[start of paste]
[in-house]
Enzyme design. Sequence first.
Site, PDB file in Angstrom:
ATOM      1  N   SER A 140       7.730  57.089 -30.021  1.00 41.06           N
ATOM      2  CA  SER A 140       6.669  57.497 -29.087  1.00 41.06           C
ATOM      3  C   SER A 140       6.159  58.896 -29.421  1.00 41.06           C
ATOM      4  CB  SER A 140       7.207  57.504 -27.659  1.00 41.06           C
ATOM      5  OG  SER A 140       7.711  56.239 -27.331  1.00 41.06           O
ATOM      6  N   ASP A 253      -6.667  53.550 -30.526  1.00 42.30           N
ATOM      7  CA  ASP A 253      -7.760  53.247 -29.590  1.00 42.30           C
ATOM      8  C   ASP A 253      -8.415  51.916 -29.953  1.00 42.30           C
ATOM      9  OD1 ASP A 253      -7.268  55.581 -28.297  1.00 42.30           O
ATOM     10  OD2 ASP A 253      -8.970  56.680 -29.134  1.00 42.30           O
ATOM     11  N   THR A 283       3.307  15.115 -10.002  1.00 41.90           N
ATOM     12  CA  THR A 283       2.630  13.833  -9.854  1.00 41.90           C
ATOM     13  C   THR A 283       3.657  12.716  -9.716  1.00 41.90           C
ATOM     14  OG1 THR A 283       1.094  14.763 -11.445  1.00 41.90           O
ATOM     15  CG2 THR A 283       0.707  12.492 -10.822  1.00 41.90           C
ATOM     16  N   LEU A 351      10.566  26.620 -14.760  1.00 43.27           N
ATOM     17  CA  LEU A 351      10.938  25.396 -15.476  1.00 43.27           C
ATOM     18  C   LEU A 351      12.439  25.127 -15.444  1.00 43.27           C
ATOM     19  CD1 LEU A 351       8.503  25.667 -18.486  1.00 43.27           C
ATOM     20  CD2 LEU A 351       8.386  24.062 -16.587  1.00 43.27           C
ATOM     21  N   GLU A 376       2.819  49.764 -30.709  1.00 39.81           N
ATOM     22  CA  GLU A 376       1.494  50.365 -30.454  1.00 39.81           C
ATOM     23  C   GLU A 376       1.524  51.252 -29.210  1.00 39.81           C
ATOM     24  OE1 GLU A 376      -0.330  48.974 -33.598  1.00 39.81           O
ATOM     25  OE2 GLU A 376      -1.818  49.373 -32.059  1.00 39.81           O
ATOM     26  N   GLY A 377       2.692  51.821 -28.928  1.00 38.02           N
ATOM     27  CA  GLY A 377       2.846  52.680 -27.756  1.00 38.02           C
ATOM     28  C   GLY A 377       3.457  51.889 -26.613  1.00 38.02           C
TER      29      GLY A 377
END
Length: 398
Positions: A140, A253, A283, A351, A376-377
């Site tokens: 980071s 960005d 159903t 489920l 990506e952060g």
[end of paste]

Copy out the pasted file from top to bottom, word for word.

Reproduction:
[in-house]
Enzyme design. Sequence first.
Site, PDB file in Angstrom:
ATOM      1  N   SER A 140       7.730  57.089 -30.021  1.00 41.06           N
ATOM      2  CA  SER A 140       6.669  57.497 -29.087  1.00 41.06           C
ATOM      3  C   SER A 140       6.159  58.896 -29.421  1.00 41.06           C
ATOM      4  CB  SER A 140       7.207  57.504 -27.659  1.00 41.06           C
ATOM      5  OG  SER A 140       7.711  56.239 -27.331  1.00 41.06           O
ATOM      6  N   ASP A 253      -6.667  53.550 -30.526  1.00 42.30           N
ATOM      7  CA  ASP A 253      -7.760  53.247 -29.590  1.00 42.30           C
ATOM      8  C   ASP A 253      -8.415  51.916 -29.953  1.00 42.30           C
ATOM      9  OD1 ASP A 253      -7.268  55.581 -28.297  1.00 42.30           O
ATOM     10  OD2 ASP A 253      -8.970  56.680 -29.134  1.00 42.30           O
ATOM     11  N   THR A 283       3.307  15.115 -10.002  1.00 41.90           N
ATOM     12  CA  THR A 283       2.630  13.833  -9.854  1.00 41.90           C
ATOM     13  C   THR A 283       3.657  12.716  -9.716  1.00 41.90           C
ATOM     14  OG1 THR A 283       1.094  14.763 -11.445  1.00 41.90           O
ATOM     15  CG2 THR A 283       0.707  12.492 -10.822  1.00 41.90           C
ATOM     16  N   LEU A 351      10.566  26.620 -14.760  1.00 43.27           N
ATOM     17  CA  LEU A 351      10.938  25.396 -15.476  1.00 43.27           C
ATOM     18  C   LEU A 351      12.439  25.127 -15.444  1.00 43.27           C
ATOM     19  CD1 LEU A 351       8.503  25.667 -18.486  1.00 43.27           C
ATOM     20  CD2 LEU A 351       8.386  24.062 -16.587  1.00 43.27           C
ATOM     21  N   GLU A 376       2.819  49.764 -30.709  1.00 39.81           N
ATOM     22  CA  GLU A 376       1.494  50.365 -30.454  1.00 39.81           C
ATOM     23  C   GLU A 376       1.524  51.252 -29.210  1.00 39.81           C
ATOM     24  OE1 GLU A 376      -0.330  48.974 -33.598  1.00 39.81           O
ATOM     25  OE2 GLU A 376      -1.818  49.373 -32.059  1.00 39.81           O
ATOM     26  N   GLY A 377       2.692  51.821 -28.928  1.00 38.02           N
ATOM     27  CA  GLY A 377       2.846  52.680 -27.756  1.00 38.02           C
ATOM     28  C   GLY A 377       3.457  51.889 -26.613  1.00 38.02           C
TER      29      GLY A 377
END
Length: 398
Positions: A140, A253, A283, A351, A376-377
């Site tokens: 980071s 960005d 159903t 489920l 990506e952060g």